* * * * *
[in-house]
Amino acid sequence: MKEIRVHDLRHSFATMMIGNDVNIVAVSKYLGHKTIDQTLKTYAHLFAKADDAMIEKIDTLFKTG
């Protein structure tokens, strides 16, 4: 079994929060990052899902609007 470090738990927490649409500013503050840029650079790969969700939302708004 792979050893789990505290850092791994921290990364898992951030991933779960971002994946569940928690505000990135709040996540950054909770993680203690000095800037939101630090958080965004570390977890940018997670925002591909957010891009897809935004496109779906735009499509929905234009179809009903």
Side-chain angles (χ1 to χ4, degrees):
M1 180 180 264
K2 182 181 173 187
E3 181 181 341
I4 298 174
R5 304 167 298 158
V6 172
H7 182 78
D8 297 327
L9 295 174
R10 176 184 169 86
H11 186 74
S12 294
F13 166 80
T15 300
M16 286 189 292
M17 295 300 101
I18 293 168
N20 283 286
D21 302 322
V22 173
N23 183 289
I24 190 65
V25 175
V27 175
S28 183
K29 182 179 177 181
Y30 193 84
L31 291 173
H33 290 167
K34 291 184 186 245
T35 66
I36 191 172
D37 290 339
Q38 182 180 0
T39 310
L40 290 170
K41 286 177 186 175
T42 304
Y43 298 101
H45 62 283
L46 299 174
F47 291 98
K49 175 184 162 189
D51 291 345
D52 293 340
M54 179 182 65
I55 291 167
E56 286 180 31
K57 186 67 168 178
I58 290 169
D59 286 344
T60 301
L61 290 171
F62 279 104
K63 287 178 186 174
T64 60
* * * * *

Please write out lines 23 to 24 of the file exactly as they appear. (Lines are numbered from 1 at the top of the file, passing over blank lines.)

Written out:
D21 302 322
V22 173